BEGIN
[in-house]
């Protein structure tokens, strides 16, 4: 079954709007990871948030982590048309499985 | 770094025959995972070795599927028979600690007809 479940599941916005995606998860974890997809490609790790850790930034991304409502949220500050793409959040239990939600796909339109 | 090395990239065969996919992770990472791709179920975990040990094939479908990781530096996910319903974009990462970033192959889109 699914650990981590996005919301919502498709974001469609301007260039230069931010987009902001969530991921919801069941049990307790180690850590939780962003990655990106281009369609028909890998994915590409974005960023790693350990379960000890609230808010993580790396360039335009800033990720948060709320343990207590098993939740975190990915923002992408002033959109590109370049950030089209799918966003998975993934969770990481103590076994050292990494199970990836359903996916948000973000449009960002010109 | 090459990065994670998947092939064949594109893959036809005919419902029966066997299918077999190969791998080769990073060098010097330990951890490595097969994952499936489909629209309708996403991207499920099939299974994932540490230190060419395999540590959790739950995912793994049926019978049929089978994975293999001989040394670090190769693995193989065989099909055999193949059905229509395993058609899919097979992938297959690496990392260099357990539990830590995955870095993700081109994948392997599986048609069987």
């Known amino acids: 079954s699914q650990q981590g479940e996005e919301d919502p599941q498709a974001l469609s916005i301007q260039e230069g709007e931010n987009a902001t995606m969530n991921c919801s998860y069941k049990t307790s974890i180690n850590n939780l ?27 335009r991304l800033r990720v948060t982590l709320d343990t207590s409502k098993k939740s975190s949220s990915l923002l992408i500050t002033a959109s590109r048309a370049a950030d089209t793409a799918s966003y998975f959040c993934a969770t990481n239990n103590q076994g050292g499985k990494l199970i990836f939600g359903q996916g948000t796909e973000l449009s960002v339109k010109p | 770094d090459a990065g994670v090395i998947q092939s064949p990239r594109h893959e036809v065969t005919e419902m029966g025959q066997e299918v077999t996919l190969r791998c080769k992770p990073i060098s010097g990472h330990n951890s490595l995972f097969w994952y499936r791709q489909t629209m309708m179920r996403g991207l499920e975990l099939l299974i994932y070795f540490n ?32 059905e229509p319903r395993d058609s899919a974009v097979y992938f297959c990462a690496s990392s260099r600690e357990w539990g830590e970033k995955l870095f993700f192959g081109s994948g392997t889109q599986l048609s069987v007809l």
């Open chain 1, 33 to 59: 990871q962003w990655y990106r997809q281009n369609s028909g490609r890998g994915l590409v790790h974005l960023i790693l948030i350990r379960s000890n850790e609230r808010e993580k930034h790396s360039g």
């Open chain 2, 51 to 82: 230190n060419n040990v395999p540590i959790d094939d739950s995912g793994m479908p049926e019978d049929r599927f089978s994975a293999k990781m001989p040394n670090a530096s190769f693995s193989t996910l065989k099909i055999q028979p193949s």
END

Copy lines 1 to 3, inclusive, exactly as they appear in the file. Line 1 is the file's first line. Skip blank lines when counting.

[in-house]
């Protein structure tokens, strides 16, 4: 079954709007990871948030982590048309499985 | 770094025959995972070795599927028979600690007809 479940599941916005995606998860974890997809490609790790850790930034991304409502949220500050793409959040239990939600796909339109 | 090395990239065969996919992770990472791709179920975990040990094939479908990781530096996910319903974009990462970033192959889109 699914650990981590996005919301919502498709974001469609301007260039230069931010987009902001969530991921919801069941049990307790180690850590939780962003990655990106281009369609028909890998994915590409974005960023790693350990379960000890609230808010993580790396360039335009800033990720948060709320343990207590098993939740975190990915923002992408002033959109590109370049950030089209799918966003998975993934969770990481103590076994050292990494199970990836359903996916948000973000449009960002010109 | 090459990065994670998947092939064949594109893959036809005919419902029966066997299918077999190969791998080769990073060098010097330990951890490595097969994952499936489909629209309708996403991207499920099939299974994932540490230190060419395999540590959790739950995912793994049926019978049929089978994975293999001989040394670090190769693995193989065989099909055999193949059905229509395993058609899919097979992938297959690496990392260099357990539990830590995955870095993700081109994948392997599986048609069987």
């Known amino acids: 079954s699914q650990q981590g479940e996005e919301d919502p599941q498709a974001l469609s916005i301007q260039e230069g709007e931010n987009a902001t995606m969530n991921c919801s998860y069941k049990t307790s974890i180690n850590n939780l ?27 335009r991304l800033r990720v948060t982590l709320d343990t207590s409502k098993k939740s975190s949220s990915l923002l992408i500050t002033a959109s590109r048309a370049a950030d089209t793409a799918s966003y998975f959040c993934a969770t990481n239990n103590q076994g050292g499985k990494l199970i990836f939600g359903q996916g948000t796909e973000l449009s960002v339109k010109p | 770094d090459a990065g994670v090395i998947q092939s064949p990239r594109h893959e036809v065969t005919e419902m029966g025959q066997e299918v077999t996919l190969r791998c080769k992770p990073i060098s010097g990472h330990n951890s490595l995972f097969w994952y499936r791709q489909t629209m309708m179920r996403g991207l499920e975990l099939l299974i994932y070795f540490n ?32 059905e229509p319903r395993d058609s899919a974009v097979y992938f297959c990462a690496s990392s260099r600690e357990w539990g830590e970033k995955l870095f993700f192959g081109s994948g392997t889109q599986l048609s069987v007809l």